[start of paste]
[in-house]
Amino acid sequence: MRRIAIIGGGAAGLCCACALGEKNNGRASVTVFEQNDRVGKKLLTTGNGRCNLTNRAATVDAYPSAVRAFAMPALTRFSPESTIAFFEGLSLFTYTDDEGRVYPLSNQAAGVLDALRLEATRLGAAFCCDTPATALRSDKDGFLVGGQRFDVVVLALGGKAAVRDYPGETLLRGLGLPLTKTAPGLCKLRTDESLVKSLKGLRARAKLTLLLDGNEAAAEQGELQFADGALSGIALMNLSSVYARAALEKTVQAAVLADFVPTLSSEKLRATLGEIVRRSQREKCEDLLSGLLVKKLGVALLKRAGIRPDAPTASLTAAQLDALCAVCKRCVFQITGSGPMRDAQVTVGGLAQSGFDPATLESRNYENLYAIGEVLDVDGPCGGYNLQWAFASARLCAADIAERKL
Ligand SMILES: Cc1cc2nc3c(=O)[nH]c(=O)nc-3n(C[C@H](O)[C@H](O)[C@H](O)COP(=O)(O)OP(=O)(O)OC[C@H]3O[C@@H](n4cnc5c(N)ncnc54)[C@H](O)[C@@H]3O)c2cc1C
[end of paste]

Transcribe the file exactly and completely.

[in-house]
Amino acid sequence: MRRIAIIGGGAAGLCCACALGEKNNGRASVTVFEQNDRVGKKLLTTGNGRCNLTNRAATVDAYPSAVRAFAMPALTRFSPESTIAFFEGLSLFTYTDDEGRVYPLSNQAAGVLDALRLEATRLGAAFCCDTPATALRSDKDGFLVGGQRFDVVVLALGGKAAVRDYPGETLLRGLGLPLTKTAPGLCKLRTDESLVKSLKGLRARAKLTLLLDGNEAAAEQGELQFADGALSGIALMNLSSVYARAALEKTVQAAVLADFVPTLSSEKLRATLGEIVRRSQREKCEDLLSGLLVKKLGVALLKRAGIRPDAPTASLTAAQLDALCAVCKRCVFQITGSGPMRDAQVTVGGLAQSGFDPATLESRNYENLYAIGEVLDVDGPCGGYNLQWAFASARLCAADIAERKL
Ligand SMILES: Cc1cc2nc3c(=O)[nH]c(=O)nc-3n(C[C@H](O)[C@H](O)[C@H](O)COP(=O)(O)OP(=O)(O)OC[C@H]3O[C@@H](n4cnc5c(N)ncnc54)[C@H](O)[C@@H]3O)c2cc1C